This small utility aims to enable easy and quick conversion from DocBook-documents (see http://www.docbook.org) to valid, human readable LaTeX-markup. At the moment, only DocBook XML-documents are supported. The sx (sgml2xml)-utility from James Clark's sp package is recommended for passing this obstacle.
It does only support a very small subset of the DocBook-DTD. The most interesting features are probably:
<markup role="texmath"> <!-- Math markup goes here --> <markup>
Currently, there are only two known users. Personally, I use it mainly for my master's thesis, but it should also be useful when writing small articles etc. It may also be used when learning the basic features of LaTeX (assuming DocBook is easier to learn than LaTeX, of course :) ).
The TODO-list is so large that it really does not feel tempting to publish it. Some of the more urgent features are:
This documentation is not complete, it should at least include a list of supported elements and a more thorough feature-description (dblup also supports a few simple processing instructions for controlling LaTeX-behavior).
The cause of the project's silly name is that my original project is called "db2latex", but this project already exists (and is an excellent implementation of the same functionality, using XSLT-stylesheets - see http://db2latex.sourceforge.net/). Currently, db2latex supports a much larger subset of DocBook than dblup.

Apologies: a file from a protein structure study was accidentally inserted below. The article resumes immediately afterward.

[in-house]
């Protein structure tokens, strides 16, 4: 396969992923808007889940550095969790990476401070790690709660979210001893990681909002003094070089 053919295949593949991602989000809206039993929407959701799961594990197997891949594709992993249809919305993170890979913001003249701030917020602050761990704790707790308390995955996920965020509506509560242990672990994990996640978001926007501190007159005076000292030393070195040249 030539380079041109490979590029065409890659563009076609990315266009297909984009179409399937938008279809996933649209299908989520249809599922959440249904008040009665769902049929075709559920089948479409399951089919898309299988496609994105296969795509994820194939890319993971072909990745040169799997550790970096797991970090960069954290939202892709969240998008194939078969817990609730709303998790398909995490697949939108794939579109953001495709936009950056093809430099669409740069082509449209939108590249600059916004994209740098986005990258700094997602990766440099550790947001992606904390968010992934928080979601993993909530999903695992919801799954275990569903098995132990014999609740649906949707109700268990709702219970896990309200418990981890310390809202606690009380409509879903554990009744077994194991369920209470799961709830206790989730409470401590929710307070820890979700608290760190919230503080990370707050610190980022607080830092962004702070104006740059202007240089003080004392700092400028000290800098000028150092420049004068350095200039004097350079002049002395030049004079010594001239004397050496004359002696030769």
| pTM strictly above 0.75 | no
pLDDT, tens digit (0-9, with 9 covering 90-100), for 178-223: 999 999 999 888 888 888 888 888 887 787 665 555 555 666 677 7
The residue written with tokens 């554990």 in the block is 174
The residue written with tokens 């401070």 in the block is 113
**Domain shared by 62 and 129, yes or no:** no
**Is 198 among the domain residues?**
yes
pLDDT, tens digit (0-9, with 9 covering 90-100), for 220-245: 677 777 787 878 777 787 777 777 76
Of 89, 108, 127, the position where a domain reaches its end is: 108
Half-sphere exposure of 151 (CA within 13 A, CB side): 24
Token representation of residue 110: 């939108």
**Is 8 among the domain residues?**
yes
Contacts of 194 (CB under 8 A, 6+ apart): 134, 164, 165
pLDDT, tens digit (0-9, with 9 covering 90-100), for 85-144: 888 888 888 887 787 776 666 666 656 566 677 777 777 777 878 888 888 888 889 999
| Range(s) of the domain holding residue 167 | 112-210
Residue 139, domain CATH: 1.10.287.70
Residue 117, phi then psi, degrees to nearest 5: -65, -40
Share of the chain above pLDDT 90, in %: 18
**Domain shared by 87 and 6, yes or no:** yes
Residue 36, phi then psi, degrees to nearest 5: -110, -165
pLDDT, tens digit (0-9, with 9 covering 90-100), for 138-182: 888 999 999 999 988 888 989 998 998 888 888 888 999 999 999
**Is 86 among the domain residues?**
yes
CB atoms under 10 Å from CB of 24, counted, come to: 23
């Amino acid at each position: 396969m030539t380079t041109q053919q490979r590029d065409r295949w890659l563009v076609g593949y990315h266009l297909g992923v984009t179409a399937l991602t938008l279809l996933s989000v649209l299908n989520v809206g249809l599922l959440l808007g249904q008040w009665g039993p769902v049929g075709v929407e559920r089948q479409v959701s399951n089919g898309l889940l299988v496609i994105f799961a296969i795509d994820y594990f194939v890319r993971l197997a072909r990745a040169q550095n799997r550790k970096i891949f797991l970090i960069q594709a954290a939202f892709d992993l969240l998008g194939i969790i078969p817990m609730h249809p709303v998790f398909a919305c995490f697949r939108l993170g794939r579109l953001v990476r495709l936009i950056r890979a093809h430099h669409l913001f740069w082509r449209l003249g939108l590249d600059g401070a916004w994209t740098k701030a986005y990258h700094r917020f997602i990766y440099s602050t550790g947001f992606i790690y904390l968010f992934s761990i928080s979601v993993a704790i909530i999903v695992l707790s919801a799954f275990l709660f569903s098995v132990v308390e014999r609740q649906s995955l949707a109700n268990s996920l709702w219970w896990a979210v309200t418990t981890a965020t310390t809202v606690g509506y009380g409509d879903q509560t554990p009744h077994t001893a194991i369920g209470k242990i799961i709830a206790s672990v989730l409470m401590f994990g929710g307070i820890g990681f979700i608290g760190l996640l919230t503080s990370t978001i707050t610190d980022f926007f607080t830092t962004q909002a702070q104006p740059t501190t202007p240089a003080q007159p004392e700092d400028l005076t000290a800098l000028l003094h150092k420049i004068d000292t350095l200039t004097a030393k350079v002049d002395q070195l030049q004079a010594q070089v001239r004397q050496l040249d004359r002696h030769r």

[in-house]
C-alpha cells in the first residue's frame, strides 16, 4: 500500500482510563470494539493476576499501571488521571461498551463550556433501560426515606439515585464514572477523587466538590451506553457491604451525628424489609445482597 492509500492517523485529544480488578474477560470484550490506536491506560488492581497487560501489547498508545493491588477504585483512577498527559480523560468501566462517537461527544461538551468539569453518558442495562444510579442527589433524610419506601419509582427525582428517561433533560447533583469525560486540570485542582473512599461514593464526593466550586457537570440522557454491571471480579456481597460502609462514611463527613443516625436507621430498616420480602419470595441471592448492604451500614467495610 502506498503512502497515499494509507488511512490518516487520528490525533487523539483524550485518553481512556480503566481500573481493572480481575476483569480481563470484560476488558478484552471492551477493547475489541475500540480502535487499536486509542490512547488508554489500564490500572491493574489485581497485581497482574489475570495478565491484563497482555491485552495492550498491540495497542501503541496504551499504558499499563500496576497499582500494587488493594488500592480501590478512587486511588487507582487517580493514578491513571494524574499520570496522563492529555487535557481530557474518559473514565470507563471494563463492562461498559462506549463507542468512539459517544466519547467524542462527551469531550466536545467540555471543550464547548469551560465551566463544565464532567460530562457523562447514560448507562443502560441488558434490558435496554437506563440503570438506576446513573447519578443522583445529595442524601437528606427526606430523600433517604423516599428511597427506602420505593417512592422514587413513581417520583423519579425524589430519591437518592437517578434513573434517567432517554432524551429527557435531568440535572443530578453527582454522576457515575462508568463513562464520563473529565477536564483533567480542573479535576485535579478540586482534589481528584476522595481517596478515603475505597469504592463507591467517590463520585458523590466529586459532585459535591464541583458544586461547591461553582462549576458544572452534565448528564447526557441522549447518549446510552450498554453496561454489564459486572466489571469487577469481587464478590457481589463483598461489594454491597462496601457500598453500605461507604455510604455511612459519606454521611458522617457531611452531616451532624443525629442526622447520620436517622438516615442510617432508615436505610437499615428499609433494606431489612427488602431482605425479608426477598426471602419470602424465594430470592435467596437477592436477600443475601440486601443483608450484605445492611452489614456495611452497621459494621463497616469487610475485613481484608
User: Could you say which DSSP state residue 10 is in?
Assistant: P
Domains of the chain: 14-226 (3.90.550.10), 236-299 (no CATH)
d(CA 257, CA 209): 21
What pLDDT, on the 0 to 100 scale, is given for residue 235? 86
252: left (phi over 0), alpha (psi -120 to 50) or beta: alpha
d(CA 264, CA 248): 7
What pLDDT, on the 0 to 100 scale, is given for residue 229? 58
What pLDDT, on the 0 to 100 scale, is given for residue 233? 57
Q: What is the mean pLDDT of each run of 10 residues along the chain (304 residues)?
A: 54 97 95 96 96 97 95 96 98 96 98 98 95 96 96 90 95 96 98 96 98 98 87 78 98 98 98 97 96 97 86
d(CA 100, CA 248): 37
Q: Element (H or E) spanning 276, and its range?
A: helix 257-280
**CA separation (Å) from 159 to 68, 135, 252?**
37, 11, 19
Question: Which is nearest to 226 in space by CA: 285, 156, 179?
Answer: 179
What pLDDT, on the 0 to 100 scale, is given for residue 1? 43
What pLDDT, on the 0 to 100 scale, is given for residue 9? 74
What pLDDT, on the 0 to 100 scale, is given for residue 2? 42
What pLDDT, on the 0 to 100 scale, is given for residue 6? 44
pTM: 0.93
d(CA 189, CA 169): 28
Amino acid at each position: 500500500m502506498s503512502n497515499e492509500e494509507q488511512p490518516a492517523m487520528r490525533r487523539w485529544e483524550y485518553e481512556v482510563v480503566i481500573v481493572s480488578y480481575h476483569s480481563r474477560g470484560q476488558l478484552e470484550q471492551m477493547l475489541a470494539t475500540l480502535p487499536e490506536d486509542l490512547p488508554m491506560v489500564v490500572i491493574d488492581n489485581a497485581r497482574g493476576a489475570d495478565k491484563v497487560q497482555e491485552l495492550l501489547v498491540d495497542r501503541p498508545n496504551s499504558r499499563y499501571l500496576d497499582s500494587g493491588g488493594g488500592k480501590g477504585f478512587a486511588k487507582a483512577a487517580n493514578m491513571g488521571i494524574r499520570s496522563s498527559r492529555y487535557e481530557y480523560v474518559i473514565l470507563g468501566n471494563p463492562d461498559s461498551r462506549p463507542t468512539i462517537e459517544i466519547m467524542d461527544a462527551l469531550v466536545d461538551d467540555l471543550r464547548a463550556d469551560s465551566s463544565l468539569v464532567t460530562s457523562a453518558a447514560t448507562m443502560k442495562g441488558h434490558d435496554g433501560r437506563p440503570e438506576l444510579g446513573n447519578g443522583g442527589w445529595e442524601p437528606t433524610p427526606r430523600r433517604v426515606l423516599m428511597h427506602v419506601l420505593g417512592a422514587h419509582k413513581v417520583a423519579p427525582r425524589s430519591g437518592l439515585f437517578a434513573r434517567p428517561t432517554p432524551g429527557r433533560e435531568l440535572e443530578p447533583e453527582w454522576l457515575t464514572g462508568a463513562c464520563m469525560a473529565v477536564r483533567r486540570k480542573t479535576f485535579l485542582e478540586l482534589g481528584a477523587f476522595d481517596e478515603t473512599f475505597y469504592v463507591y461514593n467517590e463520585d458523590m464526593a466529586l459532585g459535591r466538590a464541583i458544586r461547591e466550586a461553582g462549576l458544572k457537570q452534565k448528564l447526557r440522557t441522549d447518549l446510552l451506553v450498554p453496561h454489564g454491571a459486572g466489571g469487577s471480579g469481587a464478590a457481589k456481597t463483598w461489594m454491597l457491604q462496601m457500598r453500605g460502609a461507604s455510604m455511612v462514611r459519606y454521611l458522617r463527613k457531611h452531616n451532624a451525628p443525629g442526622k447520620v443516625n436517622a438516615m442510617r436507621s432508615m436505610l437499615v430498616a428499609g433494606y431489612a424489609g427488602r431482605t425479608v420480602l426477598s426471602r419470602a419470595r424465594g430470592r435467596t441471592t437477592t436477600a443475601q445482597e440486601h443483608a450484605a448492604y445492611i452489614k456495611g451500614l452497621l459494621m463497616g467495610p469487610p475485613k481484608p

The conceptual difference between these two projects is that the db2latex-project is a collection of XSLT-stylesheets (which can then be processed using an external XSLT-processor, to turn the source document into LaTeX-code), while all the conversion-"templates" in dblup is written in native Perl, and does not need to be processed by an external program.
The rationale is that after spending a considerable amount of time working with XSL, I got tired of it, and started to implement the same functionality using Perl (as a Perl-module). The disadvantage is that this is less flexible and requires knowledge of Perl - the advantage is that it only requires knowledge of Perl, and it is intented to be as simple and fast as possible. Additionally, Perl offers a lot of more advanced functionality not found in XSLT which, at least for me, makes it easier to handle tables etc.
All files can be downloaded from the project-page at Sourceforge
If you think you can use this tool, or want to contribute/extend it, do not hesitate to contact me - it's far easier to motivate further work if I know someone actually needs it. The easiest way is by e-mail: firstname.lastname@example.org